Regular pruning can simply include any shaping you choose to do along with the removal of dead, diseased, or broken stems for any lilac shrubs that have not outgrown their space or are still producing vibrant flowers every year. You can also prune your lilacs' spent flowers to promote a neater growth pattern and appearance. Shearing is never preferable when performing this kind of pruning by hand. Try to cut back to an outward-facing bud when making cuts. Hedge shears do not provide as good of pruning cuts as a good pair of hand pruners do.
You may be familiar with their overgrown, unruly habit when left alone if you've ever had an older common lilac in your landscape that went unpruned for many years. Many people mistakenly think that this is the end of the flowering season for these shrubs. In many cases, the upper parts of the shrub—where the plant has grown to a greater height and is exposed to sunlight—are the only places where flowers are actually produced. We're frequently left staring at bare, woody branches at eye level and below once they've reached this stage. For these overgrown shrubs, we can remove entire older canes or stems that are 2" in diameter or larger to encourage a rejuvenation of the shrub. When performing this type of pruning, we want to follow the rule of thirds: remove about a third of the older canes or stems every year for three years. This gives the shrub a chance to gradually change back to a fuller, shorter shrub with more new growth filling in from the bottom. A little extra care, such as fertilization and watering, will be necessary to promote new growth if you choose to drastically prune the shrub the entire way rather than just a third of it all at once. Note that this "all at once" approach is generally not recommended for the health of the shrub.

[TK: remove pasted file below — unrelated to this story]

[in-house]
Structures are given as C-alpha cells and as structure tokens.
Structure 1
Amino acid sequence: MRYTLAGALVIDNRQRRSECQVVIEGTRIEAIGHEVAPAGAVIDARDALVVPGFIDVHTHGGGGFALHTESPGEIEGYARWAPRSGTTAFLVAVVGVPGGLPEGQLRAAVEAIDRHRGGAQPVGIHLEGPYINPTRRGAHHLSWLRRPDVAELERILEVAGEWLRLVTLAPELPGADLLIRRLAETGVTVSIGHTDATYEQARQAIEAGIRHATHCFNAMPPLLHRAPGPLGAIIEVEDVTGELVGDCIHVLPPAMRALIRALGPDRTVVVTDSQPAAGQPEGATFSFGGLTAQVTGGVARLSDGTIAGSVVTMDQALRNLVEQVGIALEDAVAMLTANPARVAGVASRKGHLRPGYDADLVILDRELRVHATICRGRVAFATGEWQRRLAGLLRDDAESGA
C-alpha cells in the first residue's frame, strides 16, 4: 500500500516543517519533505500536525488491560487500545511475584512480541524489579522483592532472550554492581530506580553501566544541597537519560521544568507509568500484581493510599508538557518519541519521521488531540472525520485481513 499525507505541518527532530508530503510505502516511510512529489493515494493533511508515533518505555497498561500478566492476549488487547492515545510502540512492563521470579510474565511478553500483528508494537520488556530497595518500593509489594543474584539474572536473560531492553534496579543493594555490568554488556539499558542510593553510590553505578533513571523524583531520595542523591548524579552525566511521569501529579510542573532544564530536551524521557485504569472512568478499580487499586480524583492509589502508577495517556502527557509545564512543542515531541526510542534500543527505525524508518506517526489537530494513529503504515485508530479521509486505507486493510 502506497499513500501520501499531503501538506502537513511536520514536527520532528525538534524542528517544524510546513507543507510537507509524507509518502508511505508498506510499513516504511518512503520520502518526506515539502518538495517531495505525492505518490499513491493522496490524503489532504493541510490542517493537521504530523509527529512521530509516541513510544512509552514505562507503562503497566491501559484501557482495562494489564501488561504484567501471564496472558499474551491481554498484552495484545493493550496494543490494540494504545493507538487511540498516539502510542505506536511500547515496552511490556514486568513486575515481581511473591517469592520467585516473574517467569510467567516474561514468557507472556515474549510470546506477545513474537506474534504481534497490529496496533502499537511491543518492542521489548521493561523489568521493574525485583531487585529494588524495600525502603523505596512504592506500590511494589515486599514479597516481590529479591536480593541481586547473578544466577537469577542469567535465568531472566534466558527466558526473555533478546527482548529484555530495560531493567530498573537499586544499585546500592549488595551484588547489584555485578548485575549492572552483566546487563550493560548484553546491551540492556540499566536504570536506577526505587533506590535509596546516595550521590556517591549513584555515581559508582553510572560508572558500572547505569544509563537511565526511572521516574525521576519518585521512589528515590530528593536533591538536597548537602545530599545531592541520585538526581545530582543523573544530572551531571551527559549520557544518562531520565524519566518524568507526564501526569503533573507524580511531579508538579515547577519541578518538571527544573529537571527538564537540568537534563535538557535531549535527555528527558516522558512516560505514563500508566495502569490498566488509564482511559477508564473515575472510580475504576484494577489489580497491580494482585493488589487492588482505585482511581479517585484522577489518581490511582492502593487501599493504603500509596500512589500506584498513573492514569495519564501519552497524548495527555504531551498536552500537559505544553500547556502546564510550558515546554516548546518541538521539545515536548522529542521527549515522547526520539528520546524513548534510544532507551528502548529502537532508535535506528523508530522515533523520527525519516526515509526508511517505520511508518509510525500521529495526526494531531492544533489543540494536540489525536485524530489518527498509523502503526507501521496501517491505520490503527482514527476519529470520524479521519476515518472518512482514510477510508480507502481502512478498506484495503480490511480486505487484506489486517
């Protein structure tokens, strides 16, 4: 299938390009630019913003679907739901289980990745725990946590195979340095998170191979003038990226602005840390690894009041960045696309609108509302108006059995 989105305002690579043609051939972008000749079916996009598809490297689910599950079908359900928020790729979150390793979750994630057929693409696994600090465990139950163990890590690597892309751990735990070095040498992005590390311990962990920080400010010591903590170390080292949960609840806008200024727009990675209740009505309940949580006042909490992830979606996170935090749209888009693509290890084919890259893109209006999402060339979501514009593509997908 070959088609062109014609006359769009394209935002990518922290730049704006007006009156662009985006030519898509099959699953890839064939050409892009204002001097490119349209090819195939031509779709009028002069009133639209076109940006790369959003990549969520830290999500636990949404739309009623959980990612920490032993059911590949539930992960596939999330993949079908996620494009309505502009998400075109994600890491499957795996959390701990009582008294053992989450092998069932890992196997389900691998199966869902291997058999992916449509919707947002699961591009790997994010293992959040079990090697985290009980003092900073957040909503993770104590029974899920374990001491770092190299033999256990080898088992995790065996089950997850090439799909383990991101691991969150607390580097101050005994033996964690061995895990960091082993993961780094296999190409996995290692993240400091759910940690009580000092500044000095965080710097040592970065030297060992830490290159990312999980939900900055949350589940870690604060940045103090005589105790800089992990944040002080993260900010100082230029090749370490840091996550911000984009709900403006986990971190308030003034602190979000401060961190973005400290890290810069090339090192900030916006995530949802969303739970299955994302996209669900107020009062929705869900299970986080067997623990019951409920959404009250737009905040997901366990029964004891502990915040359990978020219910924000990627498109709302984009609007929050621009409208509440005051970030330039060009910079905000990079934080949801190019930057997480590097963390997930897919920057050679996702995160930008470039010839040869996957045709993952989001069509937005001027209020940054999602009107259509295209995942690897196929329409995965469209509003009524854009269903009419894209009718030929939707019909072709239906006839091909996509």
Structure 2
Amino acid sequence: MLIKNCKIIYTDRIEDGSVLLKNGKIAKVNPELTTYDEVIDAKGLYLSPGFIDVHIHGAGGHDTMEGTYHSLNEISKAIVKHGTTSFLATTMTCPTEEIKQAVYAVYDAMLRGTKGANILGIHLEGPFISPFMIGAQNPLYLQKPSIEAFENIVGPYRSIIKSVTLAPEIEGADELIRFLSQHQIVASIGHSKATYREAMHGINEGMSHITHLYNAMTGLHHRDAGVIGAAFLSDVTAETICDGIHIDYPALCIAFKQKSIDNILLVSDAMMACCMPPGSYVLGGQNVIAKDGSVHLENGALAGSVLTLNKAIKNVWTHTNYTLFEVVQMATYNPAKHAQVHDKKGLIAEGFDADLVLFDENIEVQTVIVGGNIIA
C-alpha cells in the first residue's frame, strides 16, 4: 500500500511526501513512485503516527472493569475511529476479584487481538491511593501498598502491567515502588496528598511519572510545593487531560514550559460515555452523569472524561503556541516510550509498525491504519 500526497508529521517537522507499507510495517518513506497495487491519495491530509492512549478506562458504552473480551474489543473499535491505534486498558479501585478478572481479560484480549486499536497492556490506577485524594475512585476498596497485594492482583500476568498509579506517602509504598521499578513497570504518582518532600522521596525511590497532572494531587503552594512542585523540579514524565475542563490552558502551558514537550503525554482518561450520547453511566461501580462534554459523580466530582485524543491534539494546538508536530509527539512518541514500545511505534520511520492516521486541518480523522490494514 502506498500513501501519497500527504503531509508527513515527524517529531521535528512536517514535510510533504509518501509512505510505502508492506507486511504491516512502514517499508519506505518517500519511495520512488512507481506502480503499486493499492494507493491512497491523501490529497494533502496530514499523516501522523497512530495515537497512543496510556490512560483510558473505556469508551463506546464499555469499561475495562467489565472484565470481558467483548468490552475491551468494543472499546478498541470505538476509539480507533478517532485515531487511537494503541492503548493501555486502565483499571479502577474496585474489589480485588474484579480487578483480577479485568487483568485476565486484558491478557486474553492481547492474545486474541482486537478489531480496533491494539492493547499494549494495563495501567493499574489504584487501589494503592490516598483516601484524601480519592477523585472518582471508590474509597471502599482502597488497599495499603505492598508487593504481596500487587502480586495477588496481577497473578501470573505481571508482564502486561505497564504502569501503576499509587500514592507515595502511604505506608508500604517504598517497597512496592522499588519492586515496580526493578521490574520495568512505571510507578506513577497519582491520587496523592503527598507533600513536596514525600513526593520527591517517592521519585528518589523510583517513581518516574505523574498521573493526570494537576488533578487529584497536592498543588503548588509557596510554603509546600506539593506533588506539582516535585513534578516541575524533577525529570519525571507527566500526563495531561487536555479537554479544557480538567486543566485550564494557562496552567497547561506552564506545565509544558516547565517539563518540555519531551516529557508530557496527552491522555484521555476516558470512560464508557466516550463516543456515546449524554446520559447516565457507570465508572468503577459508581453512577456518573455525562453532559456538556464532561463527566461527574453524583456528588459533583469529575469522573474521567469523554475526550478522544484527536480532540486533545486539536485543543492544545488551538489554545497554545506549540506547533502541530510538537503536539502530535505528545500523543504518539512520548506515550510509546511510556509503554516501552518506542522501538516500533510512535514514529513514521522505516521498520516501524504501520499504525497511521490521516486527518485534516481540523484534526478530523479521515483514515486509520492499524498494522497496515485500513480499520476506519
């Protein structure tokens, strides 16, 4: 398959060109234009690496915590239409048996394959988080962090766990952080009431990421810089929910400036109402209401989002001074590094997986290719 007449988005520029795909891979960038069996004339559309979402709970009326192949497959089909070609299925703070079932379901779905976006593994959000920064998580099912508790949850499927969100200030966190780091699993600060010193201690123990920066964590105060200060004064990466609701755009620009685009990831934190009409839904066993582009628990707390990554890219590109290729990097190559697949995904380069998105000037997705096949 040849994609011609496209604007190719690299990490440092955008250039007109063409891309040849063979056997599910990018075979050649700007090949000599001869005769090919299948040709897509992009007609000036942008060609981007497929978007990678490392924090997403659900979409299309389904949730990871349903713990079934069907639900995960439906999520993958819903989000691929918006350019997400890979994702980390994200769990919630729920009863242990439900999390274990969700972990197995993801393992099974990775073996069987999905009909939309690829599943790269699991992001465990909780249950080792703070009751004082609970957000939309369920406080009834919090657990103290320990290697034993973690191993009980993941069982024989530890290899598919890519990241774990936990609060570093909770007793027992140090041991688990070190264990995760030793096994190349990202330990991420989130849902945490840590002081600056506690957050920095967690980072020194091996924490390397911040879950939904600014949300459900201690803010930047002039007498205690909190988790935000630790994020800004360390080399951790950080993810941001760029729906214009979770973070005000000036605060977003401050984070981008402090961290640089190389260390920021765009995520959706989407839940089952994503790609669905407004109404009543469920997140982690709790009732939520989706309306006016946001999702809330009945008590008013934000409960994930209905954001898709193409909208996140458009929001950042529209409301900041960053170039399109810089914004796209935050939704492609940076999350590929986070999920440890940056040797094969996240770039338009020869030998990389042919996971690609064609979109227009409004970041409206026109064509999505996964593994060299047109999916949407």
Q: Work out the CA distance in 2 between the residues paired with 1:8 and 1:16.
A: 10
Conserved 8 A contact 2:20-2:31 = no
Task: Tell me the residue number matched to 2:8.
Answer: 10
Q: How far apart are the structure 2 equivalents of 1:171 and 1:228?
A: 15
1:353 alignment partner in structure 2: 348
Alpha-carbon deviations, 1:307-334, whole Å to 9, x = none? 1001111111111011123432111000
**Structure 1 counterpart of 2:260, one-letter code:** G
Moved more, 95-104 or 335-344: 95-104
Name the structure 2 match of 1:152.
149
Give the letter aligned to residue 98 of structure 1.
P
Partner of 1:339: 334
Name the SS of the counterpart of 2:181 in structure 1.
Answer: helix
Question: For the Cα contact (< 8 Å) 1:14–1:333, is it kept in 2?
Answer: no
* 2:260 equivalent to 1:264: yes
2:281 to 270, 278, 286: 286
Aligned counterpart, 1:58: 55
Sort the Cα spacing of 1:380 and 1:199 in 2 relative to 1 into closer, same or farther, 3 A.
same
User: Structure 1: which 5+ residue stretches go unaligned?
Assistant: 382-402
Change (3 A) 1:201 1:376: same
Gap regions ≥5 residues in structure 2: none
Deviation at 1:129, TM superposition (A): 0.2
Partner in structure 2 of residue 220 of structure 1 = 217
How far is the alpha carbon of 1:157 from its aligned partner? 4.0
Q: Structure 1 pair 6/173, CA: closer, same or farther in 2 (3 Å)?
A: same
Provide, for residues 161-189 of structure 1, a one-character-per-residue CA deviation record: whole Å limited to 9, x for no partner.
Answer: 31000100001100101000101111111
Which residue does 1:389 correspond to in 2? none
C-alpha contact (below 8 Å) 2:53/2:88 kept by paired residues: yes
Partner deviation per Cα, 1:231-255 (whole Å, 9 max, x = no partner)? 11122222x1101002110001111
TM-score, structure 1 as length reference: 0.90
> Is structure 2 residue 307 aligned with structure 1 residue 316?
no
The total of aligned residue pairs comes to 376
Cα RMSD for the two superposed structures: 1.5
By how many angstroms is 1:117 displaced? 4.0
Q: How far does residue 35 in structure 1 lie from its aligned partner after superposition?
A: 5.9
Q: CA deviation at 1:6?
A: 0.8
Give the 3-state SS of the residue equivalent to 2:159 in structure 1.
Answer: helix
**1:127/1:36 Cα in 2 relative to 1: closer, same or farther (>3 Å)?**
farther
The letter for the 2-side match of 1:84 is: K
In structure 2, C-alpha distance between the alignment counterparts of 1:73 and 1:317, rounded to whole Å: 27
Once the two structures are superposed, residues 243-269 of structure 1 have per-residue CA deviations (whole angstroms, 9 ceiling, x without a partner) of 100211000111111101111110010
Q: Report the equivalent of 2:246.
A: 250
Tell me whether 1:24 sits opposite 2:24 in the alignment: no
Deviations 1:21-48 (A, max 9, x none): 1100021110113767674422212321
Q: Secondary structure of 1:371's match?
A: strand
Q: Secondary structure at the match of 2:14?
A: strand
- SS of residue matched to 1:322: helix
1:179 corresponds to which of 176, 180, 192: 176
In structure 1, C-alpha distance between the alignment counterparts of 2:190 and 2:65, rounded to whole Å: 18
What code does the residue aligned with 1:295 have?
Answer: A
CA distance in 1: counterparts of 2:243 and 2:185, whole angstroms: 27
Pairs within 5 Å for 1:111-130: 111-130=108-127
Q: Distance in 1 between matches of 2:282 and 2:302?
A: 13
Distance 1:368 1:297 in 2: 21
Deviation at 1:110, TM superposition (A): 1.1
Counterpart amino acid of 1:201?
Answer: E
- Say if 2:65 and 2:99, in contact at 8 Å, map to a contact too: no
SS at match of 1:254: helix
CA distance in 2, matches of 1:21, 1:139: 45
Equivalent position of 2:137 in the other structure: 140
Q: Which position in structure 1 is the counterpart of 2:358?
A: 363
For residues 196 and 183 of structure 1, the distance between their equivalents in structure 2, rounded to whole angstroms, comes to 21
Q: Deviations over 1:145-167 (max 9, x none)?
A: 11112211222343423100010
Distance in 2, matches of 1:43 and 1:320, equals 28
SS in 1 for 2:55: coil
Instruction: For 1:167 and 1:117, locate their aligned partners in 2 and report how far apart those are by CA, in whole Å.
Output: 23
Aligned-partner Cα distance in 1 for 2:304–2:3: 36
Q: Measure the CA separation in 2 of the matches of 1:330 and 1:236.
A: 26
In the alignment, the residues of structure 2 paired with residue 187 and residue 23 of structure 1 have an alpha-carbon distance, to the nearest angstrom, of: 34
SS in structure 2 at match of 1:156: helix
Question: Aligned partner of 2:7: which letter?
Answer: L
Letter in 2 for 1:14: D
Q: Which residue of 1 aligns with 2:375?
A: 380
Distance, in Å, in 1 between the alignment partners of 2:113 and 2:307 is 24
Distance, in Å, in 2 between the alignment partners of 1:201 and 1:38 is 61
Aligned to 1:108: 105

Although there are many factors that can affect your lilac flowers, including temperature, soil quality, even disease and insect issues, proper pruning goes a long way in ensuring they put on a great show each spring. And don't forget that your dedicated Russell Tree Experts arborist is only a phone call or email away if you have specific questions about pruning or anything else tree and shrub related.
When a shrub has large, overgrown branches that are at least 12 feet tall and has not received regular pruning, renovation can help. You can more easily control the shape and size of the plant as it grows by chopping the branches down. For it to begin blooming again, though, it may take a few years.
In the second year, you ought to start noticing significant growth, and in the third year, the majority of shrubs ought to begin to bloom. Deadheading on an annual basis is advised at this point.
Another less severe approach is the thinning method of taking off the bigger, older branches. Remember that you should only prune a third of the bush per season, so depending on the lilac, this procedure might take two to three successive seasons. Before proceeding to thin out the middle section, you should trim the larger branches to a height of 6 to 12 inches off the ground.
Look for any dead or damaged wood in the center that might harbor a disease. Eliminating those branches and any branches that are crossing one another should help your lilac shrub look better and promote airflow.